The configuration of an inverse interpolation filter **82** can also be simplified by using only the top two filter coefficients of the largest and second-largest absolute value of the interpolation filter **81** and using two coefficients obtained by reversely arraying them as the filter coefficients of the inverse interpolation filter **82**.

Furthermore, coefficients obtained by linearly approximating the top two coefficients with respect to the interpolation phase can also be used for that purpose. Taking an example of this case, an inverse interpolation method is described below with reference to

*y*0=(1*−d*)*x*0*+dx*1 (23)

Therefore, in linear approximation, the filter coefficients of the inverse interpolation filter **82** can be generated using d and (1−d) as the approximate values of the interpolation coefficients. In **101** and **102** and the data points (interpolation output) are thinned out.

In the case of four-point interpolation, y0 can be calculated as follows using four sample values, x_{i }(i=−1, 0, 1, 2) and an interpolation coefficient c_{i }that is determined by interpolation phase d.

*y*0*=c* _{−1}(*d*)*x* _{−1} *+c* _{0}(*d*)*x* _{0} *+c* _{1}(*d*)*x* _{1} *+c* _{2}(*d*)*x* _{2} (24)

**103** and **104** is applied twice.

However, in the reverse interpolation according to the present invention, since the reverse operation to the interpolation is conducted, the interpolation coefficients can also be used for inverse interpolation without generating reverse interpolation coefficients. Accordingly, another coefficient generator generating inverse interpolation coefficients is not needed. If in interpolation, an error signal at a clock time at which thinning-out is conducted is replaced with 0, as shown in

In the preferred embodiments described above, a characteristic equivalent to the remaining part obtained by eliminating the transfer characteristic of an adaptive filter from the transfer characteristic of a route between an input signal of the adaptive filter and an equalization target (the target signal of an operation to minimize an expected squared error value) or its approximate characteristic is applied to an input signal. Alternatively, the characteristic or its approximate characteristic is applied to an output error signal by using timewise-inversion. However, a signal for coefficient learning can also be obtained by applying a part of this characteristic to the input signal and the rest of the characteristic to the output error signal using timewise-inversion.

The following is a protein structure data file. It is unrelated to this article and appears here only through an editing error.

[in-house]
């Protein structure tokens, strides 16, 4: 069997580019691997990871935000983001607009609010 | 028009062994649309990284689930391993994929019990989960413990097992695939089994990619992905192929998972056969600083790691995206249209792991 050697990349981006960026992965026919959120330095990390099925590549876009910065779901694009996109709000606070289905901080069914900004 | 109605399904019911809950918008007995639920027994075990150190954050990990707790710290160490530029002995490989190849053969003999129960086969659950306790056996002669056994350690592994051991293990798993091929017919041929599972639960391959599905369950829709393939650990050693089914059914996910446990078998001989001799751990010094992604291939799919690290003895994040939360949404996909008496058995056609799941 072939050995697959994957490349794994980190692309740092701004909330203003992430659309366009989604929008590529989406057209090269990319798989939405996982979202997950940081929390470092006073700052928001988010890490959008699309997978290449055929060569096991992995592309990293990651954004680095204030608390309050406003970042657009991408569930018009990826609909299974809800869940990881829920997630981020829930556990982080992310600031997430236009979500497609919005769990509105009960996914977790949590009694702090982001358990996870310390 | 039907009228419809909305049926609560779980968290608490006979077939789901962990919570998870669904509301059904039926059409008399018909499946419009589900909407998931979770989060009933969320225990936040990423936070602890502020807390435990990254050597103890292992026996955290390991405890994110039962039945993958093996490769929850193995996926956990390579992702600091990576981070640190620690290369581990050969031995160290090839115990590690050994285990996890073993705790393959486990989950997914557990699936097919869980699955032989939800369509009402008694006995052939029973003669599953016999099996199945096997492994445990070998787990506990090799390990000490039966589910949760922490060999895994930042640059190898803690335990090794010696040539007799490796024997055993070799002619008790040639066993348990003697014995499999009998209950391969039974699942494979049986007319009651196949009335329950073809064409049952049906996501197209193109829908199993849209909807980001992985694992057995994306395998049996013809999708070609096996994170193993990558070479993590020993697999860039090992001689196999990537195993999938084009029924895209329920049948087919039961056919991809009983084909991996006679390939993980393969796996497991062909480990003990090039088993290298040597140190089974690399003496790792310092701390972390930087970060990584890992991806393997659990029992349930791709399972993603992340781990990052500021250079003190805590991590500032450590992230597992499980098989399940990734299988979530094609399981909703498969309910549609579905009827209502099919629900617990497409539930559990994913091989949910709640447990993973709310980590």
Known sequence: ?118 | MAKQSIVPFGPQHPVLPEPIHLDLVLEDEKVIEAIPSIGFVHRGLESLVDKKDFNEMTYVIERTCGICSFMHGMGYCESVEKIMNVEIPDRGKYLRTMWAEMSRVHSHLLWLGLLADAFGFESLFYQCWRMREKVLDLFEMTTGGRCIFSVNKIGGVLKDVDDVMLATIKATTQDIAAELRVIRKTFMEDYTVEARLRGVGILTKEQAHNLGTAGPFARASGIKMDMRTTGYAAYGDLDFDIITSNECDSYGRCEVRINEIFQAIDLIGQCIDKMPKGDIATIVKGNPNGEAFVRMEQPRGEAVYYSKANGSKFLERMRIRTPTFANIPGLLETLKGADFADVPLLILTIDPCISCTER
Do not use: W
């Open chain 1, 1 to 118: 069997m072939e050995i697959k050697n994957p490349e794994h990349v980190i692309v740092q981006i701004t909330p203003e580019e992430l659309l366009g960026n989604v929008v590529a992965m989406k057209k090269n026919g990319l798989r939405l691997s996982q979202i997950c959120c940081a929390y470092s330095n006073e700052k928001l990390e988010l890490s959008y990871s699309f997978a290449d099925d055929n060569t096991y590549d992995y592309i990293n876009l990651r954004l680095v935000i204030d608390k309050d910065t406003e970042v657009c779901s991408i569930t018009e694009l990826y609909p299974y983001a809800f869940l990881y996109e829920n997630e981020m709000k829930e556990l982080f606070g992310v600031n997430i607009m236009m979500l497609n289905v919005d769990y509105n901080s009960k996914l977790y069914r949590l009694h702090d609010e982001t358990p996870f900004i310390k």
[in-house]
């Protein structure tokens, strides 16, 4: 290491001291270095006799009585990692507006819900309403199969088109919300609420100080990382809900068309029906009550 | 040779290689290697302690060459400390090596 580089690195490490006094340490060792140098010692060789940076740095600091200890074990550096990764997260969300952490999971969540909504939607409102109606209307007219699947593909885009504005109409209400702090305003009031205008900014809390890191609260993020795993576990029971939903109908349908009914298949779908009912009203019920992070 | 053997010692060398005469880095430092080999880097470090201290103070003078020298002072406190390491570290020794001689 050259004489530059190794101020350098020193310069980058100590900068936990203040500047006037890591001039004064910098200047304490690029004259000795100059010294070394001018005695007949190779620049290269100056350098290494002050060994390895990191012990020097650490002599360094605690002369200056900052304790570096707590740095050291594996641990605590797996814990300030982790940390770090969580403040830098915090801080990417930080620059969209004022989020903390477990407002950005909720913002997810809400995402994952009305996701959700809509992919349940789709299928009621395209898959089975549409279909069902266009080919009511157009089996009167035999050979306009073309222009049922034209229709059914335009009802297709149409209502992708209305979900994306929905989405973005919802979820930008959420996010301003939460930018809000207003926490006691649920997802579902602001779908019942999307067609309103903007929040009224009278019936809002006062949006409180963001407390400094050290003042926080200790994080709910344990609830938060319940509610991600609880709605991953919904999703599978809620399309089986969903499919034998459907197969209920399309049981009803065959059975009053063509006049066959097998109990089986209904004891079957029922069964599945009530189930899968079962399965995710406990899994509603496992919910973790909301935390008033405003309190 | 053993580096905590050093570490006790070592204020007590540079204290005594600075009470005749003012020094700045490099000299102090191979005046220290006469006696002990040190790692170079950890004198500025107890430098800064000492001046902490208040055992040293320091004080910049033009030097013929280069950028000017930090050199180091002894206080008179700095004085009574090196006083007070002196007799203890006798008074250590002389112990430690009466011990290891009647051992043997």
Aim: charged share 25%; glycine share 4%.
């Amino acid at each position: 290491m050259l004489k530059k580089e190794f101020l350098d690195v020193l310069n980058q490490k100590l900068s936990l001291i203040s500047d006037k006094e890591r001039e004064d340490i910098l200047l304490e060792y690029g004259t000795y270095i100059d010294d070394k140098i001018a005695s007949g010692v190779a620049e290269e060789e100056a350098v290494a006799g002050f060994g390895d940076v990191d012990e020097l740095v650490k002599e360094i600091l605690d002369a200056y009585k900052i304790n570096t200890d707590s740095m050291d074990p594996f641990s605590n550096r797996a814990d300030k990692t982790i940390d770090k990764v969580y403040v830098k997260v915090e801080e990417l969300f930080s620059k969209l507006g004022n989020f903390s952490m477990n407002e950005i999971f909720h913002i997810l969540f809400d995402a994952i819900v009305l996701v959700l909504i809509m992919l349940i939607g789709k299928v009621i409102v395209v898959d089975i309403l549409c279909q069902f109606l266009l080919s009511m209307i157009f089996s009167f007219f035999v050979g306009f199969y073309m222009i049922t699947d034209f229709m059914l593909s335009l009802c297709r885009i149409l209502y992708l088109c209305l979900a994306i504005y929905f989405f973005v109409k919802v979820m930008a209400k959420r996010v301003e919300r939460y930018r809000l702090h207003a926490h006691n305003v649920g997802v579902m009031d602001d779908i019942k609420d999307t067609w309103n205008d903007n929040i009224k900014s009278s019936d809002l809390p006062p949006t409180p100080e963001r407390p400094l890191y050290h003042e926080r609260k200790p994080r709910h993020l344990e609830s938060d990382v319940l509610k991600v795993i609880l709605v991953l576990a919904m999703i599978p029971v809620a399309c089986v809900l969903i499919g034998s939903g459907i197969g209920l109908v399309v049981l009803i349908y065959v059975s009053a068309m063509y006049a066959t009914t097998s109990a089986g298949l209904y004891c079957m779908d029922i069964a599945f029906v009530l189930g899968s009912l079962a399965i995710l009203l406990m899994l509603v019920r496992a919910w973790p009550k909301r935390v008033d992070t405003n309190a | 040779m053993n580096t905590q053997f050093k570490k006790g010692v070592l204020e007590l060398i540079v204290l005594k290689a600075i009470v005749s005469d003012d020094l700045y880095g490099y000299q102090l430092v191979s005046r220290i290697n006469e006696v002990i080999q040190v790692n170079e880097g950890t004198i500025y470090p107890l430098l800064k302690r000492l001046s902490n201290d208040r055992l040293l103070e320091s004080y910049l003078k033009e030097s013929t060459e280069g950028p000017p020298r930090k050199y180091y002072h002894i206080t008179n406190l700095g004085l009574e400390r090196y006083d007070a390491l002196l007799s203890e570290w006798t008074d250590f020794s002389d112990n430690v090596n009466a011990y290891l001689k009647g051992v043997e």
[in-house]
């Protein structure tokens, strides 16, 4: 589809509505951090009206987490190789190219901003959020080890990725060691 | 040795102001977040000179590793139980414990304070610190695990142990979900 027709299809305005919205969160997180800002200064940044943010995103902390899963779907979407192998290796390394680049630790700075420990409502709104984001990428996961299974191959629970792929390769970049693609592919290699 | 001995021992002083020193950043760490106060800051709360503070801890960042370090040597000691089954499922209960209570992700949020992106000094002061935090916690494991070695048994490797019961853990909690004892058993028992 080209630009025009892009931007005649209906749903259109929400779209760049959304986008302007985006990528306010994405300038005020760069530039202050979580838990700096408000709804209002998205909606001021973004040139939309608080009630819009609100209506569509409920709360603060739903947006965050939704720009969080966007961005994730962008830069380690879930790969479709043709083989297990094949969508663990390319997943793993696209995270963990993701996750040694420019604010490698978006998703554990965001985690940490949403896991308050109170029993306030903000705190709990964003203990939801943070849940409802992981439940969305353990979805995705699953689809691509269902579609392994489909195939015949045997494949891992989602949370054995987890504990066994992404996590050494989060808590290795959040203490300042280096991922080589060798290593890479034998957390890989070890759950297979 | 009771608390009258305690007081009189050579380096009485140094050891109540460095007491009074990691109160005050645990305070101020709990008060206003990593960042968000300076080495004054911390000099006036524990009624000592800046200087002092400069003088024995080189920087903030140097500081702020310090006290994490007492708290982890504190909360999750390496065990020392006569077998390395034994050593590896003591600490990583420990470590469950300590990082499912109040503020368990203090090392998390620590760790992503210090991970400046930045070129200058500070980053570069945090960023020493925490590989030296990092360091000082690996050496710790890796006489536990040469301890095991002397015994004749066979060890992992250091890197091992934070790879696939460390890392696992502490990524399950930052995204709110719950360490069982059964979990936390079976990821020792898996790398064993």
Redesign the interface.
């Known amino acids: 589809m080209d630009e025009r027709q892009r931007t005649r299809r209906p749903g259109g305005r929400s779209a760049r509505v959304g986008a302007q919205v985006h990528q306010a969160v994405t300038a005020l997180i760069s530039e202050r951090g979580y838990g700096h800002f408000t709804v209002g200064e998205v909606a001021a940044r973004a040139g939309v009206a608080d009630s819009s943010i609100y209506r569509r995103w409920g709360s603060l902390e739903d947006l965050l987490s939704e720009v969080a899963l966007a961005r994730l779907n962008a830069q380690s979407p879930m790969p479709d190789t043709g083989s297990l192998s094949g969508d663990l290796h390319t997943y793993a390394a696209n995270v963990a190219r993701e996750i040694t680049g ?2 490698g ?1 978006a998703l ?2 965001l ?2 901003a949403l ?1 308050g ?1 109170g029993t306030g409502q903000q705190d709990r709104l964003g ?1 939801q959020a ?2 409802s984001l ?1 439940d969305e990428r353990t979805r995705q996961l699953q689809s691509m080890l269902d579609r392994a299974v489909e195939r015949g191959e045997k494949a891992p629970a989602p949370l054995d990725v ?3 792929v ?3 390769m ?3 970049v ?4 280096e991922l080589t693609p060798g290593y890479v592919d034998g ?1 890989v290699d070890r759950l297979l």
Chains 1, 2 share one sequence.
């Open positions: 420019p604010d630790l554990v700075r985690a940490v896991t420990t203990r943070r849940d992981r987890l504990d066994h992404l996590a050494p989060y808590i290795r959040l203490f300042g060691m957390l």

**65** in the configuration shown in **112** and inserting a fixed-coefficient FIR filter **111** between the learning circuit **61** and the FIR filter **62**. In this case, the characteristic of the FIR filter **63** corresponds to the rest of the transfer characteristic. If this characteristic is expressed by the product of two transfer characteristics A and B, A can be used as the characteristic of the FIR filter **111** and a characteristic obtained by timewise inverting B can be used as the characteristic of the FIR filter **112**.

In a computer simulation using the linear equalizer model of the preferred embodiment described above, if it is assumed that the statistical property of an input signal is uniform and the tap coefficients obtained when the input signal is inputted to a linear equalizer is calculated in advance, such values can also be fixedly used. For example, if a variable-coefficient FIR filter **62** is replaced with a fixed-coefficient FIR filter having the tap coefficients obtained by such a simulation, coefficient learning using an error signal is not needed and accordingly, the configuration of a linear equalizer can be simplified.